maandag 21 september 2009

Obama, Netanjahoe en Abbas ontmoeten elkaar op VN-bijeenkomst

Er komt dus toch een ontmoeting, want als de Amerikanen iets echt willen, dan leg je dat niet zomaar naast je neer. Maar daarmee is wel alles gezegd. Het wordt niet de opening voor nieuwe vredesonderhandelingen, en men is niet dichterbij elkaar gekomen.
Last update - 00:50 21/09/2009       
Israel, U.S.: Summit won't result in renewal of talks
By Barak Ravid and Natasha Mozgovaya, Haaretz Correspondents
U.S. President Barack Obama, Prime Minister Benjamin Netanyahu and Palestinian Authority President Mahmoud Abbas will meet Tuesday at the United Nations General Assembly in New York.
However, the serious differences over the issue of continued building in the settlements and the framework of the peace process remain, and sources at the Prime Minister's Bureau as well as the Obama administration stress that it is unlikely that the meeting will result in a resumption of negotiations.
A senior source at the Prime Minister's Bureau said Sunday that the Palestinians were the ones who "folded" after they refused a meeting with Netanyahu. "They made militant statements but in the end they will come," the source said.
However, sources at the PM's bureau acknowledged that the meeting is expected to only be a photo opportunity, and will not lead to a resumption of the peace process. "The meeting will not inaugurate [renewed] negotiations and will not involve any significant details," the sources said. "The differences on the issue of the settlements and the framework of the talks remain deep."
Senior officials at the U.S. administration offered similar comments, and stressed that there has been no major breakthrough and that the differences between the sides have remained unchanged since U.S. Special Envoy to the Middle East, George Mitchell, departed the area on Friday afternoon. U.S. officials said that they expected no declaration of the negotiations' resumption at the end of the meeting, and the talks on this issue would continue in the coming weeks. The aim is to resume the negotiations by the first half of October.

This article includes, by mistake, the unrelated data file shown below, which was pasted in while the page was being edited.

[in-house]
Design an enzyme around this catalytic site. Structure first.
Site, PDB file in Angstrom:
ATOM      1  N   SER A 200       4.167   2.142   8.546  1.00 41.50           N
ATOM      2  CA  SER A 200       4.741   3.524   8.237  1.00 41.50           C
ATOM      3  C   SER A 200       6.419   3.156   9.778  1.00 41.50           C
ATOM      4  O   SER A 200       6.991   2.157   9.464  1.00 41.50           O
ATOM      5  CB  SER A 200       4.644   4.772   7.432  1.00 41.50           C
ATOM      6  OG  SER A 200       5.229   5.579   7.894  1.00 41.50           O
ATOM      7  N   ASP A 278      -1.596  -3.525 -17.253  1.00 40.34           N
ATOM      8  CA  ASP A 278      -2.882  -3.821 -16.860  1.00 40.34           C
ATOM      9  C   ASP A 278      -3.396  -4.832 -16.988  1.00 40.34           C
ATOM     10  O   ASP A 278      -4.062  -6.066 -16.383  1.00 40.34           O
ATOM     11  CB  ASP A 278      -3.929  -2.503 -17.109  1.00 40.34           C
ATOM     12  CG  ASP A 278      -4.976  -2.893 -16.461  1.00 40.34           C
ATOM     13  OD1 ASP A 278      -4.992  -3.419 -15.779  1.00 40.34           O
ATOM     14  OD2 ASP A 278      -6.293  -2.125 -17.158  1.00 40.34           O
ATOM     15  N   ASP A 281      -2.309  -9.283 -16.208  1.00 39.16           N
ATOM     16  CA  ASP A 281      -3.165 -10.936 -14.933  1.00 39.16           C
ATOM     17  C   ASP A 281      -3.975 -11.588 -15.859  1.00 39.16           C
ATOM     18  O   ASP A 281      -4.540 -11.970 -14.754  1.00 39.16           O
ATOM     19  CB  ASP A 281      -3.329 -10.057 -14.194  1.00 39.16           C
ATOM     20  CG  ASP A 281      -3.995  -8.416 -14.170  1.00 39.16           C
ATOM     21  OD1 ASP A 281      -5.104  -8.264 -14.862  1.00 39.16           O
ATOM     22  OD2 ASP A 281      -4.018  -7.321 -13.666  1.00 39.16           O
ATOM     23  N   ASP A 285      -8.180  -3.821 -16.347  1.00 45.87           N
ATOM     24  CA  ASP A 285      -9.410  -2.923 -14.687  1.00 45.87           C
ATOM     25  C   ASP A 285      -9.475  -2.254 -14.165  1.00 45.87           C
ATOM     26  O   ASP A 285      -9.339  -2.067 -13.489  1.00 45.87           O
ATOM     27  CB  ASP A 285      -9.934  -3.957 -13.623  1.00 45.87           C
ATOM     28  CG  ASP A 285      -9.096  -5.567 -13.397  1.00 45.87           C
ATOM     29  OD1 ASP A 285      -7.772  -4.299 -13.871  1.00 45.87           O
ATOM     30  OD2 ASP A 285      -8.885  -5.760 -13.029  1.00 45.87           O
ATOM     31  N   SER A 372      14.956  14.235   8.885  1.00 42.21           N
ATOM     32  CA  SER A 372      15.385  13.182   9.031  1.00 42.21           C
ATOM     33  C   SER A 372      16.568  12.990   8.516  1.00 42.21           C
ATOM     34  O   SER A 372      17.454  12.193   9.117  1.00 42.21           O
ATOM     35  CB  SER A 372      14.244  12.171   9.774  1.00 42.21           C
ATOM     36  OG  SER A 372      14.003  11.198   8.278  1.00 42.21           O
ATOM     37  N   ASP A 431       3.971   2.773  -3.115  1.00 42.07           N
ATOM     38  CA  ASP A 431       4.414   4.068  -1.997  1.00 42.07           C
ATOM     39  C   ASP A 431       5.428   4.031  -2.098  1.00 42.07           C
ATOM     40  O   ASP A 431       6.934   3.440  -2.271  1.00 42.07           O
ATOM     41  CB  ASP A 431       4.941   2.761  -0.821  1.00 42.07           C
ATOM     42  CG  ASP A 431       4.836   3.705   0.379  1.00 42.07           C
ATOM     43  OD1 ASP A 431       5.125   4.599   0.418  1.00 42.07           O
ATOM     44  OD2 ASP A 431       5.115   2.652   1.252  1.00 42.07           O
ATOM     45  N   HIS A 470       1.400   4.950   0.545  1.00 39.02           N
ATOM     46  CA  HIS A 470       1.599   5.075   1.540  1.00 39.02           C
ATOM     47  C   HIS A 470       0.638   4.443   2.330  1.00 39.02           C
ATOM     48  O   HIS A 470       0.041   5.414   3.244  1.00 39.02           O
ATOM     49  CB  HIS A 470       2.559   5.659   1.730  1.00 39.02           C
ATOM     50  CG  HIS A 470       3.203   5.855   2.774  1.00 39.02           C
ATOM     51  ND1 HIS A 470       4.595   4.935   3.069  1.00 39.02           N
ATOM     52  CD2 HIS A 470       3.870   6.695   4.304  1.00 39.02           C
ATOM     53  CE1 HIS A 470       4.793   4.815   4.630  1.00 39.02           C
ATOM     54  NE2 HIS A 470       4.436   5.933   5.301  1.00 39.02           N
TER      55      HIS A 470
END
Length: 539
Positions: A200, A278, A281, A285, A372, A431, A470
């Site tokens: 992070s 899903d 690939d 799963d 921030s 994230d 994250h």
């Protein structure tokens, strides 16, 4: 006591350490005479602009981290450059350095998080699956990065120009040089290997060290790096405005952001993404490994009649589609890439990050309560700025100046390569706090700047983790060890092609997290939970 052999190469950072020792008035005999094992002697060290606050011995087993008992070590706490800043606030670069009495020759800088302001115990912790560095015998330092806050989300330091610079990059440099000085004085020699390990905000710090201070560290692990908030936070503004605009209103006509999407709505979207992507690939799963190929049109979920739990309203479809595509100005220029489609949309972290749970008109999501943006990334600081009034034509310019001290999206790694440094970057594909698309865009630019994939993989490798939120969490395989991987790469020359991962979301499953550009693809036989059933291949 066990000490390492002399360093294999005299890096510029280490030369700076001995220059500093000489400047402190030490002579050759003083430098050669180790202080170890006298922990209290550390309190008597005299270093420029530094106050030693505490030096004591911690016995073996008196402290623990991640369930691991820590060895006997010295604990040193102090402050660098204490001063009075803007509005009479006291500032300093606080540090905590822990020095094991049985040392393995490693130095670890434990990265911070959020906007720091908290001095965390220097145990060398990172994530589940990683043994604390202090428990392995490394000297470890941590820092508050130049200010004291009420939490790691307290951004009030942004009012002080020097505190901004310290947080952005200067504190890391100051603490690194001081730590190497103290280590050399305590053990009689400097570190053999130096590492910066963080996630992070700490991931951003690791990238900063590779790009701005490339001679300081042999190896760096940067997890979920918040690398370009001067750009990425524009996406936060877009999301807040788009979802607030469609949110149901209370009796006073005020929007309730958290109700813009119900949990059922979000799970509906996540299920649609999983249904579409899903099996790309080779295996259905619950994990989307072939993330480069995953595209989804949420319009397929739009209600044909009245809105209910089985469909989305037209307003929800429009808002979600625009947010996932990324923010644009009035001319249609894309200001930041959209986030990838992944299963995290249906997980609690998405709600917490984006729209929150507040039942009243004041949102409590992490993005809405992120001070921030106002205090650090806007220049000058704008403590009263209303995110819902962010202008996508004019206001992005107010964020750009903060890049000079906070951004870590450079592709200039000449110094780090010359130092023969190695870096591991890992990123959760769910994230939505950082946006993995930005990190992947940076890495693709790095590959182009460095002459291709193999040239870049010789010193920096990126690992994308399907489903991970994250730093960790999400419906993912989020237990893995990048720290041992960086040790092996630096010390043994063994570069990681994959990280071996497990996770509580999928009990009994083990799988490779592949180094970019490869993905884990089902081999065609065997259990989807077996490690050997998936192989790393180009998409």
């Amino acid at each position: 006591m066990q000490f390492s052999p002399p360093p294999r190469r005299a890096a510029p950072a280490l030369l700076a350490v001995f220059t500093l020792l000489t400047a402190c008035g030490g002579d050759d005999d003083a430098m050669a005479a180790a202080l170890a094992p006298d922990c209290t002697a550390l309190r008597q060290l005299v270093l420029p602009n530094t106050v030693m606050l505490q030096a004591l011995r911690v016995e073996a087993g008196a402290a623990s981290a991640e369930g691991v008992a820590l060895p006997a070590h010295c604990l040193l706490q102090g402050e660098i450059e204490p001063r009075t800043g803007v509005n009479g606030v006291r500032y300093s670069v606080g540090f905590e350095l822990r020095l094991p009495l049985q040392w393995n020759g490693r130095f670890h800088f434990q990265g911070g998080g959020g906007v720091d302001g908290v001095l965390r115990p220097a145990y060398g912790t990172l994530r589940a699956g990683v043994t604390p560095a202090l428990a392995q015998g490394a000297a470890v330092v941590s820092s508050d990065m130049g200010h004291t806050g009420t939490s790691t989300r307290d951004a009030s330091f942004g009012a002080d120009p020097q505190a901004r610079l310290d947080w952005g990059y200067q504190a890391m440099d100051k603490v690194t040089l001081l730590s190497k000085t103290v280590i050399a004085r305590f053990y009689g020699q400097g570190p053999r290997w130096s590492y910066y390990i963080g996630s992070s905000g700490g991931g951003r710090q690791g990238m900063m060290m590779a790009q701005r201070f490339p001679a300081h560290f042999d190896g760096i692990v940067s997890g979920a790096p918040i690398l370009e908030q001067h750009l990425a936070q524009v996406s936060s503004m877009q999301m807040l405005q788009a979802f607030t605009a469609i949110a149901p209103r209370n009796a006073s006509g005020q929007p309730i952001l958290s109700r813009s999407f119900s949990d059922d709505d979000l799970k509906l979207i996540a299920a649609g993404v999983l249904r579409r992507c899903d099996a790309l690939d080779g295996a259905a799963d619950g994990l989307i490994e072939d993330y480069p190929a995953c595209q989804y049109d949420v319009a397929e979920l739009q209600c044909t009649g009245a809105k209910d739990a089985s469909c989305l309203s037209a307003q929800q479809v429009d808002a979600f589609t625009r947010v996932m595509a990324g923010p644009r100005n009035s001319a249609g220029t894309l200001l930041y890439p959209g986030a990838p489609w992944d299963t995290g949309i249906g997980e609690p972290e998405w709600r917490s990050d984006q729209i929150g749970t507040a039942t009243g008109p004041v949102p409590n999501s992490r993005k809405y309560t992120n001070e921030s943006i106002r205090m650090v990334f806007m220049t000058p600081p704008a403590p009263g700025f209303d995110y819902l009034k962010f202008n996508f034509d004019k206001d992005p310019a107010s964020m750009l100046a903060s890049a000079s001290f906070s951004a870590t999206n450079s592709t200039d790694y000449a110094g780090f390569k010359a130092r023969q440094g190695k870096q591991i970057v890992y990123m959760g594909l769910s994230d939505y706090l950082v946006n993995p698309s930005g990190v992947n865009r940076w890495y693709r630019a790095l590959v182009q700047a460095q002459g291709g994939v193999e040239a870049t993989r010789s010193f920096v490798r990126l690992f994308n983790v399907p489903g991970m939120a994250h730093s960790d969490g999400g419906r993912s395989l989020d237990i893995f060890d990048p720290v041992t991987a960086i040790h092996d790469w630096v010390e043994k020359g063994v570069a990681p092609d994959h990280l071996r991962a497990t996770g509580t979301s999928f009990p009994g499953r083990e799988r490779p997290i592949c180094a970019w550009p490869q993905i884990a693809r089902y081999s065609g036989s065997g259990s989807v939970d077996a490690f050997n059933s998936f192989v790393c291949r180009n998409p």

The tripartite meeting will take place Tuesday at 11 A.M. at the Waldorf Astoria Hotel in Manhattan. Prior to the joint meeting between the three leaders, President Obama is scheduled to meet with Abbas and Netanyahu separately. The U.S. president will make a last-ditch effort to pressure the two toward a compromise agreement that may lead to an announcement of the resumption of peace talks.
A source in the Prime Minister's Bureau said that it has been agreed with the U.S. administration that the meeting will not include any negotiations, and the leaders will review developments in the situation. Moreover, the Israeli sources said that it was also agreed that there would be no preconditions to the meeting, which the source insisted is an Israeli "victory."
Netanyahu leaves for New York Monday, accompanied by Foreign Minister Avigdor Lieberman who will meet with counterparts at the United Nations, including Secretary of State Hillary Clinton.
Defense Minister Ehud Barak left for Washington last night, where he will meet with U.S. Secretary of Defense Robert Gates and National Security Adviser, General James Jones.
At the UN, Netanyahu is also scheduled to meet French President Nicolas Sarkozy and UN Secretary General Ban Ki-moon. The prime minister will address the General Assembly on Thursday afternoon, and in his speech he will focus on the need for international action in order to stop Iran's nuclear program. Netanyahu has described his address as "dramatic."
Unfolding the drama
Friday 9 A.M. - Jerusalem: Mitchell meets Netanyahu
The American announcement that a tripartite meeting would indeed take place at the UN followed a week of U.S. Special Envoy Mitchell's talks in Israel and the Palestinian Authority, which came to an end Friday afternoon. The verdict: an abject failure.
On Friday morning Mitchell arrived at the Prime Minister's Bureau in Jerusalem for a third meeting, following two earlier ones on Tuesday and Wednesday that proved fruitless. Mitchell asked Netanyahu to make further concessions on the time scale of the freeze on settlement construction. So far Netanyahu had agreed to a six-month break, while Mitchell wanted a year's hiatus, in order to convince the Palestinians and the Arab world that this constituted a substantive effort on the part of Israel. Following American pressure, Netanyahu agreed to "budge" and put in a new proposal for a nine-month freeze.